It’s believed most of the matter in the universe is invisible. This is the fabled dark matter, a peculiar substance whose gravitational effects we can see in galaxies but we are yet to confirm in labs. A new proposal takes a peculiar new approach to this search – perhaps dark matter can be spotted using a billion tiny pendulums.
The reasoning behind the unconventional idea has to do with the size of dark matter particles. Their proposed range is huge, from something much lighter than an electron to black holes tens of times the mass of our Sun. The pendulum will help probe a middle region of dark matter particles that are roughly the size of a grain of salt.
While dark matter doesn’t interact with light, its mass pulls things in with its gravity. That means a particle of dark matter flying past a pendulum would give it a little pull. Now, the pull is very small and a single pendulum would be influenced by environmental noise, so it would get lost. Luckily there’s strength (and a solution) in numbers.
The team suggest the use of a billion tiny pendulums. The passage of dark matter particles should then become apparent when all these motions are considered together. As reported in Physical Review D, the design they have in mind will be sensitive to masses between 1/5,000th of a milligram and a few milligrams.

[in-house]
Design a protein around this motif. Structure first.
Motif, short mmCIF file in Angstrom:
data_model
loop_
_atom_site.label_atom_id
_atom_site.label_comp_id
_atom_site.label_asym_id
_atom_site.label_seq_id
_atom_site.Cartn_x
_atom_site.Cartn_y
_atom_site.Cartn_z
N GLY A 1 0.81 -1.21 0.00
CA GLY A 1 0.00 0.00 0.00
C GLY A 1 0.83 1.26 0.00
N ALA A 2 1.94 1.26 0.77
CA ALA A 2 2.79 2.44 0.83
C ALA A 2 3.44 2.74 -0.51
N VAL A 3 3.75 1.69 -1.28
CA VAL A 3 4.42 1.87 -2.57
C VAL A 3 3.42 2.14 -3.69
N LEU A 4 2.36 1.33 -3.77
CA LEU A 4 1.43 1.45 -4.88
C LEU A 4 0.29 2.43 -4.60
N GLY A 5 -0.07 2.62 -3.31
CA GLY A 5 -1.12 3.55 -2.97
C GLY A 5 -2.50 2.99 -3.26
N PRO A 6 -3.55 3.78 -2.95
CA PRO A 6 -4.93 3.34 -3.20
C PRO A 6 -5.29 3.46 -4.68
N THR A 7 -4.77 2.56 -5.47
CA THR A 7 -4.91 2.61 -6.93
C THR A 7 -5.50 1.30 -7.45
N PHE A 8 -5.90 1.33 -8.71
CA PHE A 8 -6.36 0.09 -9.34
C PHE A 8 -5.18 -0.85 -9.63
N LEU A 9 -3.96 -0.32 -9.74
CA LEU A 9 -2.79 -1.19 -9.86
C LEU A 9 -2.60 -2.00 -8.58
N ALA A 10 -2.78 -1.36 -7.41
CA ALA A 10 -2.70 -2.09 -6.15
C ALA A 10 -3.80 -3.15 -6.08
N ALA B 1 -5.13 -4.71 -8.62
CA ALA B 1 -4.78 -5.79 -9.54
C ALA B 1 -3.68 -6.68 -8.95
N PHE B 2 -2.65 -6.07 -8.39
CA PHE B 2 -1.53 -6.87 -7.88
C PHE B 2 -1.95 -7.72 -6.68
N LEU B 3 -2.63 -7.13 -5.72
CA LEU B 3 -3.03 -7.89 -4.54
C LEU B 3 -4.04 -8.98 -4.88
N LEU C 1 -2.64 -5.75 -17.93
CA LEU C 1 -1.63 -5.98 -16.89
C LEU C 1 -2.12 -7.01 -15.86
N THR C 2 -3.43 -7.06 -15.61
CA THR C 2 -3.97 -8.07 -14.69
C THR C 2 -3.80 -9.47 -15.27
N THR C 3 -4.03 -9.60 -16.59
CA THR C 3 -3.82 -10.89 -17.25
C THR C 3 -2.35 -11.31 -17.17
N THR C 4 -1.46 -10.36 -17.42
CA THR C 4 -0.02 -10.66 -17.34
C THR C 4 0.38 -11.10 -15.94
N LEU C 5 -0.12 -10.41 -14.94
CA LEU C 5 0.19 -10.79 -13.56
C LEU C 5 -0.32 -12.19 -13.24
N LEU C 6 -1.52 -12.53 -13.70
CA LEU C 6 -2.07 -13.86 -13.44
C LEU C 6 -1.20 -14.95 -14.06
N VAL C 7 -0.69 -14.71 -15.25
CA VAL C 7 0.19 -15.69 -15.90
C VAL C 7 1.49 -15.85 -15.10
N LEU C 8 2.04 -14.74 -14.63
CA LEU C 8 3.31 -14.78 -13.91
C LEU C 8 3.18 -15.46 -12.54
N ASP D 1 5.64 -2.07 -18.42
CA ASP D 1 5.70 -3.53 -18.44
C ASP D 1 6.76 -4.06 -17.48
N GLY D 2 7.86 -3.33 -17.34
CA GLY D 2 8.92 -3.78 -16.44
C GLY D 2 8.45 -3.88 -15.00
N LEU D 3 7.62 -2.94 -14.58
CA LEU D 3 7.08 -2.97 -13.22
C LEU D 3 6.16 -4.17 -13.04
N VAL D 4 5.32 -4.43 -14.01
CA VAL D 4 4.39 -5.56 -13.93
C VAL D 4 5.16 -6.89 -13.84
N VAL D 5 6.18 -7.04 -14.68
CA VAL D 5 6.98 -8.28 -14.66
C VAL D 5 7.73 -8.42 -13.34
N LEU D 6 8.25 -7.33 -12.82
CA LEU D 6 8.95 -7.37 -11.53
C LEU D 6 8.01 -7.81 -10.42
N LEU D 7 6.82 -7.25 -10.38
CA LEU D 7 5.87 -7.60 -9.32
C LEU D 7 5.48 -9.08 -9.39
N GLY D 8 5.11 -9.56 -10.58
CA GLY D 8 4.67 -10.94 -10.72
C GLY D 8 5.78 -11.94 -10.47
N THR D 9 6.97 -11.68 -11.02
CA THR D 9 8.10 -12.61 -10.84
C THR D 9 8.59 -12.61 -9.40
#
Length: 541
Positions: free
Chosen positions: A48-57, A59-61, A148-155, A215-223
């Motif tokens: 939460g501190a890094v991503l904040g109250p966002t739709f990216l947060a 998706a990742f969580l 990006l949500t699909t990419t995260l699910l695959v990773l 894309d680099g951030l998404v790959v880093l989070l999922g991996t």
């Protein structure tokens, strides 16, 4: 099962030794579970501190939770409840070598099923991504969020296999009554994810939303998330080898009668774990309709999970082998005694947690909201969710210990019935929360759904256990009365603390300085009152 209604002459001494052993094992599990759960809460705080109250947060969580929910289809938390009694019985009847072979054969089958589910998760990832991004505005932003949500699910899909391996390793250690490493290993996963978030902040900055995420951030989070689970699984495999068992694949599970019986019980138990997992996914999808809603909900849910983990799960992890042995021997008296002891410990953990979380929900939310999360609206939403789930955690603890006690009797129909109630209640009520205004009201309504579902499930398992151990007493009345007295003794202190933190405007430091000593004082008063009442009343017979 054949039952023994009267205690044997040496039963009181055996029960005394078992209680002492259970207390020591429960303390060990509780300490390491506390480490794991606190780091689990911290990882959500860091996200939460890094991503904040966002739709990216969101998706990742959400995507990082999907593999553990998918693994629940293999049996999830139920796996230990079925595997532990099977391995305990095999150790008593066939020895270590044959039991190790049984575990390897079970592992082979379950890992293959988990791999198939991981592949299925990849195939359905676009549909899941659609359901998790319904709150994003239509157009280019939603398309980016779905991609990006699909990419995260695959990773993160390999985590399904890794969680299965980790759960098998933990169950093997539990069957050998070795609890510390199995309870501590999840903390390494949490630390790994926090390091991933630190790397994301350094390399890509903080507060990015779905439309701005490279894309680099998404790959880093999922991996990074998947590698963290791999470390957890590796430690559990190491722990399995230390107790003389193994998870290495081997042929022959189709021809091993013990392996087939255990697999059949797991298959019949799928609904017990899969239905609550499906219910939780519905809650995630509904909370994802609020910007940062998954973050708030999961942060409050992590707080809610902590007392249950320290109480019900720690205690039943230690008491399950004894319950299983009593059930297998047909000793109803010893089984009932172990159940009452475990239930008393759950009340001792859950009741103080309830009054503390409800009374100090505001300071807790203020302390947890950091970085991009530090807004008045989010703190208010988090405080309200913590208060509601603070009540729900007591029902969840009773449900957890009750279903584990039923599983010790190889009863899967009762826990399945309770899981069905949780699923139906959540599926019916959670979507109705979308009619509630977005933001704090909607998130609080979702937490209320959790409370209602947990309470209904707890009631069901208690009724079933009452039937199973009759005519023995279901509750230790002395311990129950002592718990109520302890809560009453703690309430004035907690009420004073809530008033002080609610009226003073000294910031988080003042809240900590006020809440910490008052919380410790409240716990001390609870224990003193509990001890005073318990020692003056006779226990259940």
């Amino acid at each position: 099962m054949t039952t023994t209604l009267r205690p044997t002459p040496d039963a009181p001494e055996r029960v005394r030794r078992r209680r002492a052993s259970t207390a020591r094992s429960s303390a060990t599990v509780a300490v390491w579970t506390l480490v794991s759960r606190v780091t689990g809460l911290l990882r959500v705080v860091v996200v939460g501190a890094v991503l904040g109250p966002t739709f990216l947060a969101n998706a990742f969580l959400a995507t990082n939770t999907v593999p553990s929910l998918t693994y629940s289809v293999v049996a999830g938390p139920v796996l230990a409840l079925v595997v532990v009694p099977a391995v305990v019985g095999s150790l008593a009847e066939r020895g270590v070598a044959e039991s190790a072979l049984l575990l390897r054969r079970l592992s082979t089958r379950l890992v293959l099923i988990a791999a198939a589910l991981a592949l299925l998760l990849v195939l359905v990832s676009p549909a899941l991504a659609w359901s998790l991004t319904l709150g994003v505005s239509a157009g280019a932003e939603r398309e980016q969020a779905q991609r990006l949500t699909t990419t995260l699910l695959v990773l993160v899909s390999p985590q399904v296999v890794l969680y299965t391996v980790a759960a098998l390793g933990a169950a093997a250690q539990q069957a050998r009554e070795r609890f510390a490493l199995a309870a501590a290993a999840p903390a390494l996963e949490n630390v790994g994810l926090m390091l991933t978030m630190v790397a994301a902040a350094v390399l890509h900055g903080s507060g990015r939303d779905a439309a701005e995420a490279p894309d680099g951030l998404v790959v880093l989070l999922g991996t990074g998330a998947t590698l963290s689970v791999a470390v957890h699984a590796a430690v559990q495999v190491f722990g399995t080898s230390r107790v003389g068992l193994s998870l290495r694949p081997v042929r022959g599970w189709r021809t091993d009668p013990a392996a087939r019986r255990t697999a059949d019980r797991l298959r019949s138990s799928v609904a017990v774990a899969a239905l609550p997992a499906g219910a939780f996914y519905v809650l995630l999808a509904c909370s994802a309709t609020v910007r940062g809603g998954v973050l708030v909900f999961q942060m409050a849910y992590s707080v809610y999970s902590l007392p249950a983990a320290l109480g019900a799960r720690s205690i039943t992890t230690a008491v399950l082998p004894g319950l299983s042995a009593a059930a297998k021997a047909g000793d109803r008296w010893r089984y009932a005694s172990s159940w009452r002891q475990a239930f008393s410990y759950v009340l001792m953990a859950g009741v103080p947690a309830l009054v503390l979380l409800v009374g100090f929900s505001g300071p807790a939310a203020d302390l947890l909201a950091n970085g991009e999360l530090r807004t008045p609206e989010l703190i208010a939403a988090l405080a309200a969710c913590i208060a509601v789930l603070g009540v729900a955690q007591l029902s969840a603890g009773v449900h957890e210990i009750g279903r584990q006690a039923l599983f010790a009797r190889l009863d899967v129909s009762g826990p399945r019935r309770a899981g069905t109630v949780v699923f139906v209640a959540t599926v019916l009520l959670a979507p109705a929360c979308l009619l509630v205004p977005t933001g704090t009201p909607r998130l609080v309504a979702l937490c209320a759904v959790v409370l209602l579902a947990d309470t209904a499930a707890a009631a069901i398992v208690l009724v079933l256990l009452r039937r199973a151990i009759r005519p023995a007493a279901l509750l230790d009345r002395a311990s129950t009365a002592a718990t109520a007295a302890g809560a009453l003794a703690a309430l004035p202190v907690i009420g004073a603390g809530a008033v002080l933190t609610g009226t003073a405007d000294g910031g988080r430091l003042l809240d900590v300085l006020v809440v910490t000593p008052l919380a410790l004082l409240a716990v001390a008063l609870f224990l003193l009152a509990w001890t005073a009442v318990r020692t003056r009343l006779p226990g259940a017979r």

Current dark matter detectors are looking for much smaller particles and focus on very rare interactions that might exist between regular matter and dark matter. This setup instead only cares about the gravitational pull, so the sole unknown is the mass of the dark matter particle.
If dark matter is found with this method, it would be amazing. If it isn’t, we can confidently remove a large chunk of potential masses from the playing field. Some preliminary tests with this general approach have already been conducted.
The technology for this might come from the smartphone industry and, if so, could have applications beyond dark matter. It could be used to study phenomena like distant seismic waves as well as some cool particle physics detections.